A further advantageous measure is, to employ a pump system in the leak indicator which consists of a high vacuum pump and a further pumping stage, so that on the pressure side of the pump system a pressure can be produced which is of the same order of magnitude compared to the operating pressure within the chamber of the vacuum system, 40 mbar, for example. With such a pump system it is possible to connect the exhaust of the pump system to the chamber of the vacuum system, so that it will no longer be required to equip the leak indicator itself with a backing pump. Thus the leak indicator is light-weight and especially handy which is of great importance especially during leak detection on large fixed installations.
Further objectives, advantages and details of the invention will become apparent from the following description taken in conjunction with the examples in drawing FIGS. 1 to 3, wherein:
FIG. 1 is a schematic representation of a first example of the present vacuum system leak indicator;
FIG. 2 is another schematic representation of a second example of a leak indicator in accordance with the present invention; and
FIG. 3 is yet another schematic representation of a third example of the present leak indicator according to this invention.
Shown in the drawing figures is the vacuum system 1 in which leaks are to be detected, its vacuum chamber 2 and the pump 3 which belongs to the vacuum system 1.
The leak indicator which is generally marked 4 is directly connectable via flange connection 5 to chamber 2. It comprises mass spectrometer detector 6 and high vacuum pump 7 which is preferably a turbomolecular pump. Via line 8 with constriction 9 the chamber 2 may be connected directly to the inlet side of the high vacuum pump, i.e. directly to detector 6. A line 11 leading to the exhaust side of the high vacuum pump branches off from line 8--in the flow direction of a possibly flowing test gas from chamber 2 to mass spectrometer detector 6--after constriction 9 so that the chamber 2 of vacuum system 1 may also be connected via constriction 9 to this point on leak indicator 4. Switching valves 12 and 13 control the desired gas flow.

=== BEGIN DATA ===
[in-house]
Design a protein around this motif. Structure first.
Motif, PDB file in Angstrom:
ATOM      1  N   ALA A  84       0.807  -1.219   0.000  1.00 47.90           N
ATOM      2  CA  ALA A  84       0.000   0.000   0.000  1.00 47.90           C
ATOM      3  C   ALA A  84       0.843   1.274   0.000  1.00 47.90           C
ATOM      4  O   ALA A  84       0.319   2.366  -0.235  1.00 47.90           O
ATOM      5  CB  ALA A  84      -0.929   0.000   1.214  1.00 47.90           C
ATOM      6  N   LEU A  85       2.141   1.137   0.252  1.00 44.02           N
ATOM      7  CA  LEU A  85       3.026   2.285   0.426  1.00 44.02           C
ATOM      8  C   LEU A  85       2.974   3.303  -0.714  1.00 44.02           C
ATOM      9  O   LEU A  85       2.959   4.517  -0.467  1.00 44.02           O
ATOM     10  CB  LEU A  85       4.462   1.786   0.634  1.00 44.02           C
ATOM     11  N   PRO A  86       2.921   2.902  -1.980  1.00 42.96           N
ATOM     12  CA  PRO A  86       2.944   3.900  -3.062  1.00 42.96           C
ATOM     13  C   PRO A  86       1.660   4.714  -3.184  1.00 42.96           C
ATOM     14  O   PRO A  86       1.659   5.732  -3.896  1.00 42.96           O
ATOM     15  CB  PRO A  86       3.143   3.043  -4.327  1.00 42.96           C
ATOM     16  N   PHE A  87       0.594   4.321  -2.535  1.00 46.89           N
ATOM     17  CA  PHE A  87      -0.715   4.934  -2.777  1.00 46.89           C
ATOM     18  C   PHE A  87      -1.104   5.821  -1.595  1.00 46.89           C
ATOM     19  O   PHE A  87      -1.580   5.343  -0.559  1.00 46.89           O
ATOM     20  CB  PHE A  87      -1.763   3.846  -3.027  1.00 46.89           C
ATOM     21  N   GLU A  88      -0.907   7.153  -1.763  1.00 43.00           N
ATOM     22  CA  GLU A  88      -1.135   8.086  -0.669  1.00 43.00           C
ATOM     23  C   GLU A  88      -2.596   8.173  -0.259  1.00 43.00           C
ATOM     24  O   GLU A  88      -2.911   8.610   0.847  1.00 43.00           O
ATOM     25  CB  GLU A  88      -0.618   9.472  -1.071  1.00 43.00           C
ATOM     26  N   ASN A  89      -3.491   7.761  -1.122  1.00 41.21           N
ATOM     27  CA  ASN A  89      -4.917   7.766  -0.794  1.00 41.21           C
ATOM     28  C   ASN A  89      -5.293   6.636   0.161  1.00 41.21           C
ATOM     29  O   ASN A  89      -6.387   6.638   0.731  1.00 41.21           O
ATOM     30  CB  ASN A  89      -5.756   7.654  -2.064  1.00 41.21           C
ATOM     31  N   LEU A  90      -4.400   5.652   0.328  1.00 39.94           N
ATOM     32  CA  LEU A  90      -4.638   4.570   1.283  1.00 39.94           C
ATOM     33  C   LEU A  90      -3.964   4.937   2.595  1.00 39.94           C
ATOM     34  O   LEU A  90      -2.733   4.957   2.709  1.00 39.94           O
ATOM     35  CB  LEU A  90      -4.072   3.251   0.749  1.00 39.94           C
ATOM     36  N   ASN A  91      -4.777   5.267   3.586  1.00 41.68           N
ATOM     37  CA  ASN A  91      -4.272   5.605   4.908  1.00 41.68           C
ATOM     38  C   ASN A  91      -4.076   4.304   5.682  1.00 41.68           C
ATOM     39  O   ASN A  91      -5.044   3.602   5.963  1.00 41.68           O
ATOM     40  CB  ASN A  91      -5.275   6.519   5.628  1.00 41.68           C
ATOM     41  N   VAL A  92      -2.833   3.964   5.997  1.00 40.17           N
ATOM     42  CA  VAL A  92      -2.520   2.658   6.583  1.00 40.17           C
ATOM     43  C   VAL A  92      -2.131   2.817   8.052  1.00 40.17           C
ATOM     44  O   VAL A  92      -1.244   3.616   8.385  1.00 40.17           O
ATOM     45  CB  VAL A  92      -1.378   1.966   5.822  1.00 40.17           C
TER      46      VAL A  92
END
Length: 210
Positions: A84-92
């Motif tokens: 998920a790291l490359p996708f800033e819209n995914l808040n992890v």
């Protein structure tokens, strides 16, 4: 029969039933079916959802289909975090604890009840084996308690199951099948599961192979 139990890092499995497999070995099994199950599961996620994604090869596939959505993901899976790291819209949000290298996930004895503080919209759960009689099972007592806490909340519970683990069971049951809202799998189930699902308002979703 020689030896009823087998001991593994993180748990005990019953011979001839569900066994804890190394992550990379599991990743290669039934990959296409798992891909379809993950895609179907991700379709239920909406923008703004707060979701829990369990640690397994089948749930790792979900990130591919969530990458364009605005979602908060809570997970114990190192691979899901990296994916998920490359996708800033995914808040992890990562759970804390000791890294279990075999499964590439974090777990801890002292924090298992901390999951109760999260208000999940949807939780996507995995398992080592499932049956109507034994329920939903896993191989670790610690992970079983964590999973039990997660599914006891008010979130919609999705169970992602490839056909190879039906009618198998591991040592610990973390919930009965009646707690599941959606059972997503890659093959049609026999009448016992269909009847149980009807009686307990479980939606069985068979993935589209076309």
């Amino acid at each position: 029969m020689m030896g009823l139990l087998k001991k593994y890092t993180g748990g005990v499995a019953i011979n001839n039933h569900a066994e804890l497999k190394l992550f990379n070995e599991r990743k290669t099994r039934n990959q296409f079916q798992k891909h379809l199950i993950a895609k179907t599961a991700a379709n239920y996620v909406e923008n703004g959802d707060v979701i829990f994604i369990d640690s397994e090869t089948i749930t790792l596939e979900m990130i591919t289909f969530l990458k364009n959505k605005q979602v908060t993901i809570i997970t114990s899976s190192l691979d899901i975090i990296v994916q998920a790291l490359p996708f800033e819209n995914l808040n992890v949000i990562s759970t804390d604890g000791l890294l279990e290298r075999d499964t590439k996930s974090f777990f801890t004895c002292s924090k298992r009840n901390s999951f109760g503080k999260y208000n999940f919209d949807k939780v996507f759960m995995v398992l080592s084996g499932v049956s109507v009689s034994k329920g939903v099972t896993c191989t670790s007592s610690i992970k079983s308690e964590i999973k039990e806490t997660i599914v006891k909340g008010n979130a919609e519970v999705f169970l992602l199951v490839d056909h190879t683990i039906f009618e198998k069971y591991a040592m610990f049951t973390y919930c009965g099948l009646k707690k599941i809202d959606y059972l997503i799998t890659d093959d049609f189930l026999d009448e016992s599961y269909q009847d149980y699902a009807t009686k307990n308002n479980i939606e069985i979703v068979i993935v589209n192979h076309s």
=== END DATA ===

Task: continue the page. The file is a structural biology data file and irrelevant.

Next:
In the example according to drawing FIG. 1 the high vacuum pump 7 is followed by a common backing pump 14. The leak detection process is performed in such a way, that the chamber 2 of vacuum system 1 is sprayed from the outside with test gas. In order to determine a possibly present coarse leak, the connection between chamber 2 and the exhaust side of the high vacuum pump 7 is initially provided via the constriction 9 (valve 12 open, valve 13 closed). Any test gas which might flow through this path enters into the mass spectrometer 6 against the pumping direction of the high vacuum pump 7, whereby the indicating devices for the mass spectrometer 6 are not shown. The sensitivity of the leak detection process can be increased by opening valve 13 so that the test gas is admitted directly to the detector.
The size of constriction 9 must be such, that the pressure required for operation of the mass spectrometer 6 is not exceeded. It is particularly advantageous to let the constriction act as a control valve which is controlled by the pressure in the mass spectrometer 6 in such a way, that this pressure is maintained at a constant level. In this mode of operation the leak indicator will operate as a concentration measuring instrument, whereas in the case of a fixed constriction or when the control valve 9 is set to a fixed value, it will function as a leak rate measuring instrument. The means used to control the control valve 9 are only shown schematically in drawing FIG. 1. They comprise the control system 15 shown as a block which is supplied with the necessary information concerning the pressure in the mass spectrometer detector 6 via line 16. Number 17 is used to mark a pressure gauge which indicates the pressure in detector 6. A pressure rise in chamber 2 will result in a pressure rise also in the detector 6 when the constriction 9 is set to a fixed value. In the case of a rising pressure in chamber 2 the presented control system will provide a stronger throttling effect of control valve 9, so that the pressure in detector 6 is maintained at a constant level.